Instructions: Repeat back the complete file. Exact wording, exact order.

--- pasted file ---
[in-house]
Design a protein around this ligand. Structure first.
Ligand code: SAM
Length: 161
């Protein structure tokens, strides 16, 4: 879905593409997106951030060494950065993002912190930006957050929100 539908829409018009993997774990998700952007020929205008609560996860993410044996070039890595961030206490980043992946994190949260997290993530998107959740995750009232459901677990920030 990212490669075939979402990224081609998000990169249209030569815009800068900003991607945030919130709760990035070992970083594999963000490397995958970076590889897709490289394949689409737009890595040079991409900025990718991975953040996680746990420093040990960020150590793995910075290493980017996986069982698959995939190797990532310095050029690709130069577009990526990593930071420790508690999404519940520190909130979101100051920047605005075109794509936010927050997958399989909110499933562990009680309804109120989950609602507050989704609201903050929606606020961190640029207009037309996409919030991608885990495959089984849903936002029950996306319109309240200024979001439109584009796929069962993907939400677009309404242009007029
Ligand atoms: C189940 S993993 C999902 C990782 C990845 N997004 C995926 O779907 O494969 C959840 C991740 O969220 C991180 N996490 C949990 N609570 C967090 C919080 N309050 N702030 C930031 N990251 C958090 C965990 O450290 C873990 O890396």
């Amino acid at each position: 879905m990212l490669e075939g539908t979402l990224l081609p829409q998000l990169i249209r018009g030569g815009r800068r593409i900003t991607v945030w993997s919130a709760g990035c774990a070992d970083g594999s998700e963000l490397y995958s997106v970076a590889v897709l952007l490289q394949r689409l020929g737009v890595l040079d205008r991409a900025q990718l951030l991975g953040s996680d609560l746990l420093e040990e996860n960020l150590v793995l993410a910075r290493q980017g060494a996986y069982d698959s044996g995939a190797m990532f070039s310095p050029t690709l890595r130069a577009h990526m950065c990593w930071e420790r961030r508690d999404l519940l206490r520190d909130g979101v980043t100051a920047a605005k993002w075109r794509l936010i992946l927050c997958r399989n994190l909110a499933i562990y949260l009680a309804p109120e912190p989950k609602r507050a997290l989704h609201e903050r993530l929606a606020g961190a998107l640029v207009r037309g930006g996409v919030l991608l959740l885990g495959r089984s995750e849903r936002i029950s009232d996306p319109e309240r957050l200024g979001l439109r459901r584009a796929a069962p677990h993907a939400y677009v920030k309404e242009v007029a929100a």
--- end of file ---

[in-house]
Design a protein around this ligand. Structure first.
Ligand code: SAM
Length: 161
């Protein structure tokens, strides 16, 4: 879905593409997106951030060494950065993002912190930006957050929100 539908829409018009993997774990998700952007020929205008609560996860993410044996070039890595961030206490980043992946994190949260997290993530998107959740995750009232459901677990920030 990212490669075939979402990224081609998000990169249209030569815009800068900003991607945030919130709760990035070992970083594999963000490397995958970076590889897709490289394949689409737009890595040079991409900025990718991975953040996680746990420093040990960020150590793995910075290493980017996986069982698959995939190797990532310095050029690709130069577009990526990593930071420790508690999404519940520190909130979101100051920047605005075109794509936010927050997958399989909110499933562990009680309804109120989950609602507050989704609201903050929606606020961190640029207009037309996409919030991608885990495959089984849903936002029950996306319109309240200024979001439109584009796929069962993907939400677009309404242009007029
Ligand atoms: C189940 S993993 C999902 C990782 C990845 N997004 C995926 O779907 O494969 C959840 C991740 O969220 C991180 N996490 C949990 N609570 C967090 C919080 N309050 N702030 C930031 N990251 C958090 C965990 O450290 C873990 O890396």
């Amino acid at each position: 879905m990212l490669e075939g539908t979402l990224l081609p829409q998000l990169i249209r018009g030569g815009r800068r593409i900003t991607v945030w993997s919130a709760g990035c774990a070992d970083g594999s998700e963000l490397y995958s997106v970076a590889v897709l952007l490289q394949r689409l020929g737009v890595l040079d205008r991409a900025q990718l951030l991975g953040s996680d609560l746990l420093e040990e996860n960020l150590v793995l993410a910075r290493q980017g060494a996986y069982d698959s044996g995939a190797m990532f070039s310095p050029t690709l890595r130069a577009h990526m950065c990593w930071e420790r961030r508690d999404l519940l206490r520190d909130g979101v980043t100051a920047a605005k993002w075109r794509l936010i992946l927050c997958r399989n994190l909110a499933i562990y949260l009680a309804p109120e912190p989950k609602r507050a997290l989704h609201e903050r993530l929606a606020g961190a998107l640029v207009r037309g930006g996409v919030l991608l959740l885990g495959r089984s995750e849903r936002i029950s009232d996306p319109e309240r957050l200024g979001l439109r459901r584009a796929a069962p677990h993907a939400y677009v920030k309404e242009v007029a929100a």